For patients undergoing orthopaedic surgery, the use of “overlapping” procedures — where the attending surgeon is simultaneously involved in two different surgeries in different operating rooms — does not lead to an increased risk of complications, reports a study in The Journal of Bone & Joint Surgery. The journal is published in the Lippincott portfolio in partnership with Wolters Kluwer.
According to this analysis of thousands of cases from five US medical centers by Christopher J. Dy, MD, MPH, of Washington University School of Medicine, St. Louis, and colleagues, complication rates are at least as low in overlapping versus non-overlapping orthopaedic surgeries. They write: “Our results suggest that overlapping inpatient orthopaedic surgery does not introduce additional perioperative risk for the complications that we evaluated.”
Overlapping surgery is commonly used to maximize operating room efficiency. In these procedures, the primary surgeon is involved in different surgeries in different operating rooms at the same time. Although this practice is not new, overlapping surgery has become controversial in the wake of recent high-profile media reports.
Most previous studies of overlapping surgery have found no increase in complications. However, these studies have had significant limitations — particularly in terms of small numbers of patients and low rates of overlapping surgeries.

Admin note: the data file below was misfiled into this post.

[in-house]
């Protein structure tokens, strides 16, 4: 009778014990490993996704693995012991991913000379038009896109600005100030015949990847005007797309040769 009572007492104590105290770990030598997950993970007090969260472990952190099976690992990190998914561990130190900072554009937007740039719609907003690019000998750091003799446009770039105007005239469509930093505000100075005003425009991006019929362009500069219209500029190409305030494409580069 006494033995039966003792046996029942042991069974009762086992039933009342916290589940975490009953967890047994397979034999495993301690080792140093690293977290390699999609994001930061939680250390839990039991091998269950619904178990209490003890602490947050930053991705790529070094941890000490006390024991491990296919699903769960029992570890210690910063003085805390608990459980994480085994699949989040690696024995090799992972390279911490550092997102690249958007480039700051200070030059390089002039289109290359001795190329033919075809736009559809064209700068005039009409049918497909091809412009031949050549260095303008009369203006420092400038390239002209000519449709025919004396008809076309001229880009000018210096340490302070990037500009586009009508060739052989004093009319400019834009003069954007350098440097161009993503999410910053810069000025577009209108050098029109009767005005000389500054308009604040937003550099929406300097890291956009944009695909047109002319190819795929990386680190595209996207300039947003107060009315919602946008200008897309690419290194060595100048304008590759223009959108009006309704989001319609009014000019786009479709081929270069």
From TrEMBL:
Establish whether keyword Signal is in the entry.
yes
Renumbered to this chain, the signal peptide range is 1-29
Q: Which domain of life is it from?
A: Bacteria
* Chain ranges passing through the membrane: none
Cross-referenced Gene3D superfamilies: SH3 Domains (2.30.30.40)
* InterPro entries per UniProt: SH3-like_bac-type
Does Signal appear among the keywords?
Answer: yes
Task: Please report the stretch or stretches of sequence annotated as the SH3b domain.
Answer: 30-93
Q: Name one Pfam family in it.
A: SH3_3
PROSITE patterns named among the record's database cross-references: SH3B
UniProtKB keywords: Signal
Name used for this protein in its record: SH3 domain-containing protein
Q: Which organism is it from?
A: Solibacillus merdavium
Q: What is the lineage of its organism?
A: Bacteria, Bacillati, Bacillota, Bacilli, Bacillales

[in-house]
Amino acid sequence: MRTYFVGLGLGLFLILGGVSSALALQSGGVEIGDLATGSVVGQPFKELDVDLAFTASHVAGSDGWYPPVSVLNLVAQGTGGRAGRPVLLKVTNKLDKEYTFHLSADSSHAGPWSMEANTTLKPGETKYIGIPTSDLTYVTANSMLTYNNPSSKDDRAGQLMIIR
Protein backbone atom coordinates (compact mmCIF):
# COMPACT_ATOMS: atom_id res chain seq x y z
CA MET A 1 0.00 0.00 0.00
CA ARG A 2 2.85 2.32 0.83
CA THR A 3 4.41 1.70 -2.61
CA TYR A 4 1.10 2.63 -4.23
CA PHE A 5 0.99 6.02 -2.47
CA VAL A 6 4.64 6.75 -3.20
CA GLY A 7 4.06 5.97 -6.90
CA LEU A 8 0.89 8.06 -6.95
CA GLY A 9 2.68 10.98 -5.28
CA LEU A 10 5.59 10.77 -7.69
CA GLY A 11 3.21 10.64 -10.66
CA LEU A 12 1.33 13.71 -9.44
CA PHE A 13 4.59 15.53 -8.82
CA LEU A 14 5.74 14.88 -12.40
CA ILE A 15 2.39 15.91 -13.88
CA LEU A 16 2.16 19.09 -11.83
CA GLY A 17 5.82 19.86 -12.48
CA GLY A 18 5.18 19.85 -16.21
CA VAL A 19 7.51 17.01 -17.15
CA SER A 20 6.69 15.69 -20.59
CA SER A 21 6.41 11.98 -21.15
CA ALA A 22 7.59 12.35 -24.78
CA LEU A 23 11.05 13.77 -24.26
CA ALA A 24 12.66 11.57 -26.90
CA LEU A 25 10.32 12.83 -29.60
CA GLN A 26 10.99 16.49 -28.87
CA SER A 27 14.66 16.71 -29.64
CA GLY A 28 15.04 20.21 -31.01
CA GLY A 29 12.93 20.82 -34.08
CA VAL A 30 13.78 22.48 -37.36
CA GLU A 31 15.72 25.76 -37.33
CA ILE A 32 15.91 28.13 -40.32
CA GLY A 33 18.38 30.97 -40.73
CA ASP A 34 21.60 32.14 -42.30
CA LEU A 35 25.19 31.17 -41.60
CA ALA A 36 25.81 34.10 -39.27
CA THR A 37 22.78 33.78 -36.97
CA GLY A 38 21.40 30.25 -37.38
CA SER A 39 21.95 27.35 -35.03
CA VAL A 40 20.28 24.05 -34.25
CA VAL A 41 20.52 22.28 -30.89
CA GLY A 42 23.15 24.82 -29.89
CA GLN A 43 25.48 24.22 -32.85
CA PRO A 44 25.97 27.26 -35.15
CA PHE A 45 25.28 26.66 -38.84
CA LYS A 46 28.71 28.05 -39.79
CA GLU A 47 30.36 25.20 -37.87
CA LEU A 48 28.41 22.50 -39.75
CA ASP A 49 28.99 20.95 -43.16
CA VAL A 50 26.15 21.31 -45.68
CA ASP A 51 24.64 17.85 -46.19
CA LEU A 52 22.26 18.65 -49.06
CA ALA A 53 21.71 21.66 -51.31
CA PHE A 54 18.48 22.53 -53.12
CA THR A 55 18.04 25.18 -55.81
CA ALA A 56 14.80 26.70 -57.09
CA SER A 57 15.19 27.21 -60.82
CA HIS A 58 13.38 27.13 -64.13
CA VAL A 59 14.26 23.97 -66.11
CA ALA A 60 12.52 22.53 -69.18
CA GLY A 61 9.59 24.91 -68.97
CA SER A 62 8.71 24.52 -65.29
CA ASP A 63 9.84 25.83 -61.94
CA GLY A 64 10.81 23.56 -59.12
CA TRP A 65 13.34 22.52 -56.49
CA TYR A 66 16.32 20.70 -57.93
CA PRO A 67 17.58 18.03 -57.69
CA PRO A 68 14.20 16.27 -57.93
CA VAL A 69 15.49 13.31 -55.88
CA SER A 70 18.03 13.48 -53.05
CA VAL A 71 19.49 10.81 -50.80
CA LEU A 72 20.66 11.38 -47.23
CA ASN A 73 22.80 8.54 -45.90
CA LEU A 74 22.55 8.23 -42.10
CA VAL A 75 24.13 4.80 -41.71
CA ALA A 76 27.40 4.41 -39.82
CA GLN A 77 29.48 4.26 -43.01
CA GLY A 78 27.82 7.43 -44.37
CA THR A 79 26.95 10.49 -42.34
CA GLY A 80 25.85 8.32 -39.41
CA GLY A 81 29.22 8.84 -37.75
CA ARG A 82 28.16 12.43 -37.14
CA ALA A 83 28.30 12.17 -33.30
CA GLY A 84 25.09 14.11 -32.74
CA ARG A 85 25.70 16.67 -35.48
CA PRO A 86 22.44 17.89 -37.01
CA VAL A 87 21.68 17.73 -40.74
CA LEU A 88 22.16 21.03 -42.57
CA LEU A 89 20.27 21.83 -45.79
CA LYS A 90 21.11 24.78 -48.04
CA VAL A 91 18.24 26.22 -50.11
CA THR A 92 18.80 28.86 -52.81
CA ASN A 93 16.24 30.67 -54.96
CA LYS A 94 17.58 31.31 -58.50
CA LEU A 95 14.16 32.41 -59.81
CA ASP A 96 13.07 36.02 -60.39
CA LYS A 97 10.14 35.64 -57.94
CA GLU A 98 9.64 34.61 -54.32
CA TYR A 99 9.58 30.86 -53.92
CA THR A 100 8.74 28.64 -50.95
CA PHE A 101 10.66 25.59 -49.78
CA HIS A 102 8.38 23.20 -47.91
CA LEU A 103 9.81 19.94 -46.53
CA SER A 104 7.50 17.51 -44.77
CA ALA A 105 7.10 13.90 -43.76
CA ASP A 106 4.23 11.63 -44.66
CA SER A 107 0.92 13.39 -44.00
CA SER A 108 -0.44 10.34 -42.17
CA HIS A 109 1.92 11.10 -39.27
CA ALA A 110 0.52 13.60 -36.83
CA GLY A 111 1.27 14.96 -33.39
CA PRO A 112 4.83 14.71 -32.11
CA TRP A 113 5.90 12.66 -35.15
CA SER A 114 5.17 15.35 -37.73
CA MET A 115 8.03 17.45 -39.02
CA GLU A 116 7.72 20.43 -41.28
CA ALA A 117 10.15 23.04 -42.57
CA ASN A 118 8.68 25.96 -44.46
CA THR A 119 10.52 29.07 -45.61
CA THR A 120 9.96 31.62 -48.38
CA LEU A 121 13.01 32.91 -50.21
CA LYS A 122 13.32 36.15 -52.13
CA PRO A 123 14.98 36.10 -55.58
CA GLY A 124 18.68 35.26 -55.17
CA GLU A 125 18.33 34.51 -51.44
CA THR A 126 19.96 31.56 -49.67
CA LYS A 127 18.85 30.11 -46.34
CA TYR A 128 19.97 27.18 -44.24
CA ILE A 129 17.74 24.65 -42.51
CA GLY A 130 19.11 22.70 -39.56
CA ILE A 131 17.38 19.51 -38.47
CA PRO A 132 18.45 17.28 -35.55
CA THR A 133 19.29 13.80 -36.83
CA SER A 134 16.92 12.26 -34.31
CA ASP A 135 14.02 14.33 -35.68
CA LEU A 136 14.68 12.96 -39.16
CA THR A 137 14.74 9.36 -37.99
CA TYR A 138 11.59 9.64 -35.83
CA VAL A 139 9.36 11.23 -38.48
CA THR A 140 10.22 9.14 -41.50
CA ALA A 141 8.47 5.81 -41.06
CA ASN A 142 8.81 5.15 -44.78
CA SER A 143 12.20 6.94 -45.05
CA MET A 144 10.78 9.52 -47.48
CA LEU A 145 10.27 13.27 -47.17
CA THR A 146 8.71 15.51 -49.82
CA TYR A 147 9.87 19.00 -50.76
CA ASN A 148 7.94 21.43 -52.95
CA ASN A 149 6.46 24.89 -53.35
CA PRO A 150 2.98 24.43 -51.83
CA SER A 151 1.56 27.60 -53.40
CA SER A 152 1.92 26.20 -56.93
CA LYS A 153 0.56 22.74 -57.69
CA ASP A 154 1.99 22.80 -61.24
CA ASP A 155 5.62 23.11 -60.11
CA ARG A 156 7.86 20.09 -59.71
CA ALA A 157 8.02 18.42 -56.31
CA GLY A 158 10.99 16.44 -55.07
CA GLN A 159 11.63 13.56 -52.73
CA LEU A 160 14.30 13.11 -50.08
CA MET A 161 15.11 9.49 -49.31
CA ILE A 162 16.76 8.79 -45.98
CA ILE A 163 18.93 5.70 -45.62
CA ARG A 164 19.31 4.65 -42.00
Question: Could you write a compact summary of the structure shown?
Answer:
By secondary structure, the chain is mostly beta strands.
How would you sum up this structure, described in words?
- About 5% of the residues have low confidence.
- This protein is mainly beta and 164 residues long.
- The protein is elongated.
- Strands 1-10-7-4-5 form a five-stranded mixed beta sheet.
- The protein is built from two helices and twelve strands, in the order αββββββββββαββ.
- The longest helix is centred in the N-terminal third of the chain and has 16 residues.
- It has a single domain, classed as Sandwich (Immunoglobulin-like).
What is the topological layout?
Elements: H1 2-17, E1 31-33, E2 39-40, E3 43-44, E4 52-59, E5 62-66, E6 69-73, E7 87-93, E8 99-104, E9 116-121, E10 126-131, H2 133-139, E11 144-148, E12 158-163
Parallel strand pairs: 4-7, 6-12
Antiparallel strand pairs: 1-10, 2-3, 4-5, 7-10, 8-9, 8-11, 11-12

Dy and colleagues analyzed 14,135 orthopaedic surgery procedures performed at five university medical centers during 2015. In this multicenter series, 40 percent of procedures were overlapping surgeries, which were defined in this study as “two incisions open simultaneously for one surgeon.” The researchers compared complication rates for patients undergoing overlapping versus non-overlapping procedures.
The main analysis showed that overlapping surgery was “noninferior” to non-overlapping surgery in terms of 30-day complication rate. That meant that the group undergoing overlapping surgeries did not have an increase in complications.
In addition to being noninferior, overlapping surgery was associated with a lower complication rate (one percent) compared to non-overlapping surgery (two percent). The analysis was adjusted for other factors affecting the risk of complications, including patient medical conditions, the type of procedure, and the institution where the surgery was performed.
Overlapping surgery was also associated with significant reductions in length of hospital stay and risk of hospital readmission. The researchers emphasize that their findings don’t mean that overlapping procedures reduce surgical risks. Rather, they write, “these findings likely reflect characteristics influencing surgical outcomes that we cannot reliably measure…such as individual procedure complexity and surgeon experience.”
A survey published last year in The Journal of Bone and Joint Surgery reported that patients and families “aren’t comfortable” with the idea of overlapping surgeries. While the new findings support the safety of overlapping orthopaedic procedures, both studies emphasize the importance of patient understanding and informed consent. Dy and colleagues conclude: “It is incumbent on surgeons who perform overlapping surgery to disclose this practice to their patients and to collect patient-reported outcomes to ensure continuing patient satisfaction and to demonstrate benefit to society.”